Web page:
WEBKDD 2001 — Mining Web Log Data Across All Customers Touch Points [electronic resource] :Third International Workshop San Francisco, CA, USA, August 26, 2001 Revised Papers /
Contributor(s): Kohavi, Ron [editor.] | Masand, Brij M [editor.] | Spiliopoulou, Myra [editor.] | Srivastava, Jaideep [editor.] | SpringerLink (Online service).Material type: BookSeries: Lecture Notes in Computer Science: 2356Publisher: Berlin, Heidelberg : Springer Berlin Heidelberg, 2002.Description: XI, 166 p. online resource.Content type: text Media type: computer Carrier type: online resourceISBN: 9783540456407.Subject(s): Popular works | Data structures (Computer science) | Database management | Information storage and retrieval | Artificial intelligence | Computer simulation | Computer science | Popular Science | Popular Computer Science | Data Structures, Cryptology and Information Theory | Simulation and Modeling | Artificial Intelligence (incl. Robotics) | Database Management | Information Storage and RetrievalOnline resources: Click here to access online
Detail and Context in Web Usage Mining: Coarsening and Visualizing Sequences -- A Customer Purchase Incidence Model Applied to Recommender Services -- A Cube Model and Cluster Analysis for Web Access Sessions -- Exploiting Web Log Mining for Web Cache Enhancement -- LOGML: Log Markup Language for Web Usage Mining -- A Framework for Efficient and Anonymous Web Usage Mining Based on Client-Side Tracking -- Mining Indirect Associations in Web Data.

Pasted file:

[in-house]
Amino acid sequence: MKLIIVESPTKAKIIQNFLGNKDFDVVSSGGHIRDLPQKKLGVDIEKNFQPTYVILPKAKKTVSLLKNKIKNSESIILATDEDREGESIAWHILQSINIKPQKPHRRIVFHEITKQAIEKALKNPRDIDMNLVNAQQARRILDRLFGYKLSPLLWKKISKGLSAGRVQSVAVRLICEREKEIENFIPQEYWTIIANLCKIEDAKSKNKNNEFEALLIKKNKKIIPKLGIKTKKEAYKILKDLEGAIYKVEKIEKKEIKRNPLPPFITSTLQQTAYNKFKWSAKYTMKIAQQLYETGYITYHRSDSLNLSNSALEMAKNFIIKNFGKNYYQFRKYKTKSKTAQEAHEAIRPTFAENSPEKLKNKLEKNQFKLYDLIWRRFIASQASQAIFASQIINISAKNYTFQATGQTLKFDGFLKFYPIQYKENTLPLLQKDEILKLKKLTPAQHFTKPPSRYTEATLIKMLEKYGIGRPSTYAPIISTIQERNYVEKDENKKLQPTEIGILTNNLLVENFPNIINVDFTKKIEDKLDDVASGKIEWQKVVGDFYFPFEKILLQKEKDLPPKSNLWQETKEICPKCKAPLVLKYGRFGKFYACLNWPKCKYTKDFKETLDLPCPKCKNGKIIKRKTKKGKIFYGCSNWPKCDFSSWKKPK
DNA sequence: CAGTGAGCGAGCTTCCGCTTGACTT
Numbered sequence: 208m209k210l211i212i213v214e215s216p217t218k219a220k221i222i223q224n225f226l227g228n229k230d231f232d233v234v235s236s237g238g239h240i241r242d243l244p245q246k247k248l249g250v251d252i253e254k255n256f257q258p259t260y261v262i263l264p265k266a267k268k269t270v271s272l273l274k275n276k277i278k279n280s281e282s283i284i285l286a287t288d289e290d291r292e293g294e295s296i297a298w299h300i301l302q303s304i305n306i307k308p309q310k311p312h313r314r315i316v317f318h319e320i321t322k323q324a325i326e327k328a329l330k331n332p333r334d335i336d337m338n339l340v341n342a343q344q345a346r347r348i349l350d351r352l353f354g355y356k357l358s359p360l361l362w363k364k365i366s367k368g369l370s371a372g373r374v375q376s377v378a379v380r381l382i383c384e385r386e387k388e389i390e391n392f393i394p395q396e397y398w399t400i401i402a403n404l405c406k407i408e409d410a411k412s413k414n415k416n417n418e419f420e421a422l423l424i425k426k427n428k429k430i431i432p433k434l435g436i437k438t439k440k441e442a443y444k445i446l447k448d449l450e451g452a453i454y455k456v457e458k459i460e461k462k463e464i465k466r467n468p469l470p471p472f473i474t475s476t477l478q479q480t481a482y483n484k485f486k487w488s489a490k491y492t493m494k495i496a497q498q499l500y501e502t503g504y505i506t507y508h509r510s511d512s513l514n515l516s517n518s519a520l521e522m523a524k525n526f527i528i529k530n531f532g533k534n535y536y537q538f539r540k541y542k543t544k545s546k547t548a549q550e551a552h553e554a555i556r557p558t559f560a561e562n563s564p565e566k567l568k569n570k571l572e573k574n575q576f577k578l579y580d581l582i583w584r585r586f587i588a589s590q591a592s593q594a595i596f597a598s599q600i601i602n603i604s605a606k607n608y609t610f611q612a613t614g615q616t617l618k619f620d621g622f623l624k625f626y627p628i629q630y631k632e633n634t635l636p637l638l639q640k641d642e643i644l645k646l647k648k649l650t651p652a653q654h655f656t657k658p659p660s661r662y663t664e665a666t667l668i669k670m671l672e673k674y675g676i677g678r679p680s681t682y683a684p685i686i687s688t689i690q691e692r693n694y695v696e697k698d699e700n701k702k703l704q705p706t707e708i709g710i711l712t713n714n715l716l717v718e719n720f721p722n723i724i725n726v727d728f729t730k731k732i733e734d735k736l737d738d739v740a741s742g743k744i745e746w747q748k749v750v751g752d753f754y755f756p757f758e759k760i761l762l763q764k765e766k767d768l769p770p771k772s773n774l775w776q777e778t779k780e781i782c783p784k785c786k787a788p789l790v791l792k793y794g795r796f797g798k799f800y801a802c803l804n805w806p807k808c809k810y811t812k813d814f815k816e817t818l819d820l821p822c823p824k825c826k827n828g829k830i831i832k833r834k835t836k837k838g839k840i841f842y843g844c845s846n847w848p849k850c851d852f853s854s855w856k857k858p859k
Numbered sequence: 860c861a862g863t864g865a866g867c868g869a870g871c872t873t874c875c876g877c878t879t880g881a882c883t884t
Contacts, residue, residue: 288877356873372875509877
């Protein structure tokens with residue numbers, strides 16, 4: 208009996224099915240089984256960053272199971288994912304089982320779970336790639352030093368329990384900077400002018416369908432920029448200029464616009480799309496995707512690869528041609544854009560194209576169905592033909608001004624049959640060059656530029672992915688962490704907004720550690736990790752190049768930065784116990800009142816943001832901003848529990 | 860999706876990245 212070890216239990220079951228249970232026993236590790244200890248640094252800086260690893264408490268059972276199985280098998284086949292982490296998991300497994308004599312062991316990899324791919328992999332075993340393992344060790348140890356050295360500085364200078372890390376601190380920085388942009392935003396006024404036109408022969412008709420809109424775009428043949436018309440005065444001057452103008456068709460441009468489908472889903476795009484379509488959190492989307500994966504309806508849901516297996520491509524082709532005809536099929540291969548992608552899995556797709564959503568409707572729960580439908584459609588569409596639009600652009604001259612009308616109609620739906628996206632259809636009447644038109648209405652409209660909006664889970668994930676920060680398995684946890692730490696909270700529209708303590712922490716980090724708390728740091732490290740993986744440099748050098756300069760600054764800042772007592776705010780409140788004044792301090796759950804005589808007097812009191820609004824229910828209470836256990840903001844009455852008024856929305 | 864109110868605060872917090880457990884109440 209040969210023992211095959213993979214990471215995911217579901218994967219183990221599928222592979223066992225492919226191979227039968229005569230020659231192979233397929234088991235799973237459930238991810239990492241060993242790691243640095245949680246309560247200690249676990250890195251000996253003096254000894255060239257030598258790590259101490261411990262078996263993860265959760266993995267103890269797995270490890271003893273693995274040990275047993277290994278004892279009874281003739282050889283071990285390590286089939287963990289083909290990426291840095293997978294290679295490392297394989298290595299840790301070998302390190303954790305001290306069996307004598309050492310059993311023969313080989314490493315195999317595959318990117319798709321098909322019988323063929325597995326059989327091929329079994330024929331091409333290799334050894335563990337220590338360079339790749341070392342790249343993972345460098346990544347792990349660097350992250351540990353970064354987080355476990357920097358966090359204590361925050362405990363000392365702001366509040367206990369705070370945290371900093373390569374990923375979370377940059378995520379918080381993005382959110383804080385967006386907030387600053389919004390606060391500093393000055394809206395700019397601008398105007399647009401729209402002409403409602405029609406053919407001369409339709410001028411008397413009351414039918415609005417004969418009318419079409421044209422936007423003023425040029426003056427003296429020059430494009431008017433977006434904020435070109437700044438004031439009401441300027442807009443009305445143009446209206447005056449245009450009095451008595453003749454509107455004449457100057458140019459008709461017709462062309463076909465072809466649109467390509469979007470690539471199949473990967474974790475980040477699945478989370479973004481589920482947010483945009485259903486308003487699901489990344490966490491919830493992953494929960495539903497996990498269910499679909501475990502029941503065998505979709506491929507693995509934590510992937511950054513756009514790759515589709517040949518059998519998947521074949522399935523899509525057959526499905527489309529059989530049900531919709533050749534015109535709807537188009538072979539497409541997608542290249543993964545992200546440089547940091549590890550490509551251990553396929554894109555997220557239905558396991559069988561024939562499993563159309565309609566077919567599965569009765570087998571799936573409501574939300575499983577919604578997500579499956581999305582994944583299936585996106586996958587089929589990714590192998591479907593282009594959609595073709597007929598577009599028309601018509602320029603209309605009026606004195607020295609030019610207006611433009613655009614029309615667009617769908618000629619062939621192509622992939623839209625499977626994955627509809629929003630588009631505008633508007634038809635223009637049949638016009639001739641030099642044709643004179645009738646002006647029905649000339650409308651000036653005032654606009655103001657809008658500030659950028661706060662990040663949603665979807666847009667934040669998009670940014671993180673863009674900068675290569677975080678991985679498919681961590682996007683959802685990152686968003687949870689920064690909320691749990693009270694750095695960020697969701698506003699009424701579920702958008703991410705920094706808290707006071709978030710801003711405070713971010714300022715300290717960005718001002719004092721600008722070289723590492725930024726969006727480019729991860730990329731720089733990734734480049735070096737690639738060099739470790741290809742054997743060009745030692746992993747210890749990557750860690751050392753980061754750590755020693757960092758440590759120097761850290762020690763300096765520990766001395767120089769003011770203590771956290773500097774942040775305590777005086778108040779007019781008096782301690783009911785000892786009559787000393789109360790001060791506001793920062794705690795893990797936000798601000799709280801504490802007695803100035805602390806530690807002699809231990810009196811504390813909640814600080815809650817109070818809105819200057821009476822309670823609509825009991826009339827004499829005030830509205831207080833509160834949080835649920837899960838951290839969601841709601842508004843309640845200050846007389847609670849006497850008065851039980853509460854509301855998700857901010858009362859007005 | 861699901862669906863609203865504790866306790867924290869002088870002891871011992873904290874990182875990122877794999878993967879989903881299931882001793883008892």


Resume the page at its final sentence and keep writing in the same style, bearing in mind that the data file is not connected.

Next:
WorkshopTheme The ease and speed with which business transactions can be carried out over the Web has been a key driving force in the rapid growth of electronic commerce. In addition, customer interactions, including personalized content, e-mail c- paigns, and online feedback provide new channels of communication that were not previously available or were very ine?cient. The Web presents a key driving force in the rapid growth of electronic c- merceandanewchannelforcontentproviders.Knowledgeaboutthecustomeris fundamental for the establishment of viable e-commerce solutions. Rich web logs provide companies with data about their customers and prospective customers, allowing micro-segmentation and personalized interactions. Customer acqui- tion costs in the hundreds of dollars per customer are common, justifying heavy emphasis on correct targeting. Once customers are acquired, customer retention becomes the target. Retention through customer satisfaction and loyalty can be greatly improved by acquiring and exploiting knowledge about these customers and their needs. Althoughweblogsarethesourceforvaluableknowledgepatterns,oneshould keep in mind that the Web is only one of the interaction channels between a company and its customers. Data obtained from conventional channels provide invaluable knowledge on existing market segments, while mobile communication adds further customer groups. In response, companies are beginning to integrate multiple sources of data including web, wireless, call centers, and brick-a- mortar store data into a single data warehouse that provides a multifaceted view of their customers, their preferences, interests, and expectations.